Nothing focuses the telecommunications industry's collective minds more than the potential for significant rules from the Federal Communications Commission.
Late last month, the FCC announced a notice of proposed rulemaking on net neutrality . The basic question is, to what extent can folks who own networks use that power to squelch offerings that in some way compete with their own. The handwriting on the wall during a Democratic administration says that the correct answer is: "Not a whole lot," though regulatory lawyers will fill tens of thousands of pages turning that notion into actual rules.
Industry insiders say that the real action will be on wireless net neutrality. That prediction seems to be coming true. Yesterday, a couple of announcements suggested very strongly that at least two carriers, AT&T and Verizon Wireless, are trying to cede enough ground now to keep them from being hammered by the commission later.
The Washington Post reports on the announcements. AT&T said that it will open its network to Internet phone services from competitors. The Post uses Skype on the iPhone as an example, and says that the announcement represents a reversal of its existing stance.
The paper also reports that Verizon Wireless and Google will cooperate on Android phones that will be open to any applications. BusinessWeek offers more information on the Google/Verizon deal in two parts: A description of the press conference, followed by the press release itself. The context is that the iPhone, which is the biggest single thing to hit the mobile market since the introduction of the cell phone itself, still is an AT&T exclusive, though that is rumored to be likely to change. The task facing others is to capture at least some of the attractiveness of the Apple device and put it into a more open environment. The writer quotes Google CEO Eric Schmidt as saying that he found it "enormously surprising" that Verizon Wireless was willing to be so open.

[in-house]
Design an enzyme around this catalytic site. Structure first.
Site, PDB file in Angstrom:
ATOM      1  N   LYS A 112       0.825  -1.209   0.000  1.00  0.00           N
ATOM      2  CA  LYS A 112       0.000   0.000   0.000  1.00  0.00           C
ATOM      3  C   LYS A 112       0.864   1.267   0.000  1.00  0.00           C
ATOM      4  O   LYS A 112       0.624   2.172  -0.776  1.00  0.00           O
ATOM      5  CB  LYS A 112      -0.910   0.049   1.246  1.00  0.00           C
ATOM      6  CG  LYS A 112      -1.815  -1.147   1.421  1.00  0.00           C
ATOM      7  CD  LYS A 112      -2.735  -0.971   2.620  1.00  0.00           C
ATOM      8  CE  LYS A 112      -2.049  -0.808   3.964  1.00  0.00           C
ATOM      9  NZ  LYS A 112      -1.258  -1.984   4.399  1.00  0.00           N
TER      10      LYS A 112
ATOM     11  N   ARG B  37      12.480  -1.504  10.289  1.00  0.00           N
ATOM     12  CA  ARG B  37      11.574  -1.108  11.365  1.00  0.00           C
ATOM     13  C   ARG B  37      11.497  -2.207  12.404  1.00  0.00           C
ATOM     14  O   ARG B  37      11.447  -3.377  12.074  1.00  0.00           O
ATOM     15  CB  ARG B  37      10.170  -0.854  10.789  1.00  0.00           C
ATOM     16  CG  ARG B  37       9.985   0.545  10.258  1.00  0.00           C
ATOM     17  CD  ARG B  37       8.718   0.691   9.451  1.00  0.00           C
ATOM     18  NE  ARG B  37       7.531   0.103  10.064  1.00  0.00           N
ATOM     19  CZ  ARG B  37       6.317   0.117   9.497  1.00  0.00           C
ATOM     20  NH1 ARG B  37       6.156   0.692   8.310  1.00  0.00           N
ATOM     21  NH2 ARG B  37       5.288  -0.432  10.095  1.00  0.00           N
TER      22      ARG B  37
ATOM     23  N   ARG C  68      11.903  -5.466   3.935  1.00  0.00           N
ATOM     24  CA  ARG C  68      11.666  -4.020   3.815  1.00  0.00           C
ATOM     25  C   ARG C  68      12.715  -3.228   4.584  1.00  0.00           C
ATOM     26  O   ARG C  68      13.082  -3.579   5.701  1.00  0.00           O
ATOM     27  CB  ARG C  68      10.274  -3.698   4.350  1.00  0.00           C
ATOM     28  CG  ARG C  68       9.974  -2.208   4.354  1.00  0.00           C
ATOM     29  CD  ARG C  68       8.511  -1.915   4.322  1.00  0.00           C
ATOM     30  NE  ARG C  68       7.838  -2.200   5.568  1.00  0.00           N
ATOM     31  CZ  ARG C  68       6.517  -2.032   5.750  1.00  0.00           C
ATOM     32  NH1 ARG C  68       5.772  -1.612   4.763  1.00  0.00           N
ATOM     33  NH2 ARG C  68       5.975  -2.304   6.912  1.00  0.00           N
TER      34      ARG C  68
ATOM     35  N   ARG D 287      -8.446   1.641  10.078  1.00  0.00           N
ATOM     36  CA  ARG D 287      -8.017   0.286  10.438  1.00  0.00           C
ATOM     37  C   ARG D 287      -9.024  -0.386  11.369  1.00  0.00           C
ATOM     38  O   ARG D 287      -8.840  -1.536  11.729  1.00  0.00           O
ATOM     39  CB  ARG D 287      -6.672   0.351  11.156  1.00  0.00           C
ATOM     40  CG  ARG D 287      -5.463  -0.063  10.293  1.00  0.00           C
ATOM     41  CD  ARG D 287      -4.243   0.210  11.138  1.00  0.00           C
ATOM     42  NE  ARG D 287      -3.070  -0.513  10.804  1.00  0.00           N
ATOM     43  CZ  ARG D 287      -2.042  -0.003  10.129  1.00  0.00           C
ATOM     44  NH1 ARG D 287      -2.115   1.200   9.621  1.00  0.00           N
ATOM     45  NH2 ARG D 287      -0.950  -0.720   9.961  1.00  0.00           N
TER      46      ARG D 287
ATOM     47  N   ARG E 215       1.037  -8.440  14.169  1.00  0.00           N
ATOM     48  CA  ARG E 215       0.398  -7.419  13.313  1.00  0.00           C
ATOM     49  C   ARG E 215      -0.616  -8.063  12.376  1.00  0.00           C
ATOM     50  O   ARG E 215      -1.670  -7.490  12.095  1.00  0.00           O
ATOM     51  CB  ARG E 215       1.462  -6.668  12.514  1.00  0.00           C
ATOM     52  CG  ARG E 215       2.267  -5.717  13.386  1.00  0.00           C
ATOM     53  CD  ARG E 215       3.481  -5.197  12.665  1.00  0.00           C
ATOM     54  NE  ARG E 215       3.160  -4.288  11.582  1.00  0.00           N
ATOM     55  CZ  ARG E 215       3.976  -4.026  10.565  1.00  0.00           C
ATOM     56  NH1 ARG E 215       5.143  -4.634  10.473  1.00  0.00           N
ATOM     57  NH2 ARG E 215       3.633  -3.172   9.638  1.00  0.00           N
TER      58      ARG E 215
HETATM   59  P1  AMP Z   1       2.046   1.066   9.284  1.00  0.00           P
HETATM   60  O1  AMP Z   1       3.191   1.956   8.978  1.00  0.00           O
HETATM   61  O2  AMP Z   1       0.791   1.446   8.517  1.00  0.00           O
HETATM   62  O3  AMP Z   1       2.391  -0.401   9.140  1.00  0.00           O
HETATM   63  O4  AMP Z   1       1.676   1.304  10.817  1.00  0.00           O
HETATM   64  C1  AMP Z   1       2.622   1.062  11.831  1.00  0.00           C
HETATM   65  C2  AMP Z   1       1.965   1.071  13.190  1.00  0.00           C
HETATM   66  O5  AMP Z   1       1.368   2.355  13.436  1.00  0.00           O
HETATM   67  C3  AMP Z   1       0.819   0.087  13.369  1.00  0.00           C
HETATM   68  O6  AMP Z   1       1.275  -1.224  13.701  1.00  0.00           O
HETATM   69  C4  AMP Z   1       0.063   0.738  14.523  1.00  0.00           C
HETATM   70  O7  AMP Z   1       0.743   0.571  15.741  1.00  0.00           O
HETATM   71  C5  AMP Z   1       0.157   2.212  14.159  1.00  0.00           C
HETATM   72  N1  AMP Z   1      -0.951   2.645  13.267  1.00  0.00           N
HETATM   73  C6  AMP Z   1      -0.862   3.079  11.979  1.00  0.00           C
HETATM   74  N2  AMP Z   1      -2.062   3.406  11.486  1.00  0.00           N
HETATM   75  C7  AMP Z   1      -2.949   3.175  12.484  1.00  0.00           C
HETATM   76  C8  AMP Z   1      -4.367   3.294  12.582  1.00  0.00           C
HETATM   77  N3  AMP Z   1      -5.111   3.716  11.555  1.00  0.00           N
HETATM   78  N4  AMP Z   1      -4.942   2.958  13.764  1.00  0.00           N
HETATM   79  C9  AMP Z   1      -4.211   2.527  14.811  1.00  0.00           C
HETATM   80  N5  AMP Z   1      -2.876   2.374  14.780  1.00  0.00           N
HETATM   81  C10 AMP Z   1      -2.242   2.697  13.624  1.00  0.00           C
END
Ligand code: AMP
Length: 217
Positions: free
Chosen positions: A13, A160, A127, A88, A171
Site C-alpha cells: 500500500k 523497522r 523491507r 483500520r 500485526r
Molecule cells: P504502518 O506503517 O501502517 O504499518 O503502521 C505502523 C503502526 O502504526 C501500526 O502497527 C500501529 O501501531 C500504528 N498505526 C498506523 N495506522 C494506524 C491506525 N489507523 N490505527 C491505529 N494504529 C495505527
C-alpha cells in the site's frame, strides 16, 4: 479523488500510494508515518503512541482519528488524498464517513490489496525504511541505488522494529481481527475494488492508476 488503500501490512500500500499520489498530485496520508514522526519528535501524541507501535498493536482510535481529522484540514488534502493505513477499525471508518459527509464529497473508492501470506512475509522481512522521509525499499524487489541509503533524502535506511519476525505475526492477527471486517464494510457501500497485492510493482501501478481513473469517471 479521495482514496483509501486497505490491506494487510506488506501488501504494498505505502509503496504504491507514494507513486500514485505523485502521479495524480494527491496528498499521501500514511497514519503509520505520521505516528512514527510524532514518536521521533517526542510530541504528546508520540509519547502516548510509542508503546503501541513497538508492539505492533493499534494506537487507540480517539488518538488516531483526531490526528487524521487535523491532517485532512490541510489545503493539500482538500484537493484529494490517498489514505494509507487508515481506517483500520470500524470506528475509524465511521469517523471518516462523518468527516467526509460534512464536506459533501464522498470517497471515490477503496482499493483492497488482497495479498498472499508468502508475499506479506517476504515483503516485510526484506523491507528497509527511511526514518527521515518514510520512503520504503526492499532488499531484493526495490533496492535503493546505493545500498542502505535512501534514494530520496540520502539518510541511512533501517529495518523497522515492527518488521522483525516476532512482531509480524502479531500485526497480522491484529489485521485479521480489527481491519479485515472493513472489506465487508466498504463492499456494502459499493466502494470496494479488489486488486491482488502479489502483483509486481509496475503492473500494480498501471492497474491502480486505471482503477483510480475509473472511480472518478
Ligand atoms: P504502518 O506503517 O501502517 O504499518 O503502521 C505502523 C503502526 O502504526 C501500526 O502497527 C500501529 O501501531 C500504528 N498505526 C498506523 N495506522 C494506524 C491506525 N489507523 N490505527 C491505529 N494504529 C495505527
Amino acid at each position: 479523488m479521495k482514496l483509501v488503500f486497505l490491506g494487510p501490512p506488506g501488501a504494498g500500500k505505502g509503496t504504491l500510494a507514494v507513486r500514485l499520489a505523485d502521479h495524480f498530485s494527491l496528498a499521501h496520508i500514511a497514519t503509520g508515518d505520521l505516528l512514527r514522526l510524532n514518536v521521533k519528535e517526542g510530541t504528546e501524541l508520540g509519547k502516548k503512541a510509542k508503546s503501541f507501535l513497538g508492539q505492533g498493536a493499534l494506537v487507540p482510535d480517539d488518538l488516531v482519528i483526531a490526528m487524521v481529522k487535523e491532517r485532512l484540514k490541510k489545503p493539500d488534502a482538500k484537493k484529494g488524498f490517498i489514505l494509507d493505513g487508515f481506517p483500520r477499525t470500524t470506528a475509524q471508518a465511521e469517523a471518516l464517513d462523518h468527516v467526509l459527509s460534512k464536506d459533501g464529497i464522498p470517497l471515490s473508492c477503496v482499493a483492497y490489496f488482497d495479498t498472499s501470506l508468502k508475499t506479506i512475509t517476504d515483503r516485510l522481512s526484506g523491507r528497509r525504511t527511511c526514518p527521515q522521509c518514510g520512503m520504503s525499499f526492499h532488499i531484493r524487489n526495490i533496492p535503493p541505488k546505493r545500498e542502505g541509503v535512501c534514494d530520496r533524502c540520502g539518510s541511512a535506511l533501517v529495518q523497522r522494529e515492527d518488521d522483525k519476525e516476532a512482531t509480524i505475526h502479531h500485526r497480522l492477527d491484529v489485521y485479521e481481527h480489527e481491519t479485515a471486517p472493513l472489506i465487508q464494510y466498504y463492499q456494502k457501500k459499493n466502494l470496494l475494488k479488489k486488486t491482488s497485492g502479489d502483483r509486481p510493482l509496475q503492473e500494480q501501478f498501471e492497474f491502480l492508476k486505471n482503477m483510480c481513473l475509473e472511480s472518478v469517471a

At the highest level, the issue here is to what extent the wired and wireless carriers realize that the world has changed. The administration in Washington will insist on at least some level of openness. There also are quicksilver technical developments in at three related areas: Network capacity is increasing, devices and applications are more powerful, and online storefront channels are increasingly robust. All of these transitions lean away from staid and highly structured markets and toward openness.
The closed model many wireless carriers cling to today, in which the type of phone and applications can be tightly controlled, is obsolete. It's likely that individual wireless executives understand this. The problem is that the old ways, though outdated conceptually, may produce more revenue in the near- and medium-term than an open model. The question is if carriers want to maintain some semblance of the old structures for that short-term gain or are willing to embrace the future.
Clearly, AT&T, Verizon Wireless and every other carrier has the right to try to win the best set of rules possible. The interesting question for the next year or so will be if they are feigning acceptance of the new reality and ceding what they calculate is just enough ground to keep the FCC at bay, or if they are ready to fully compete in the new world.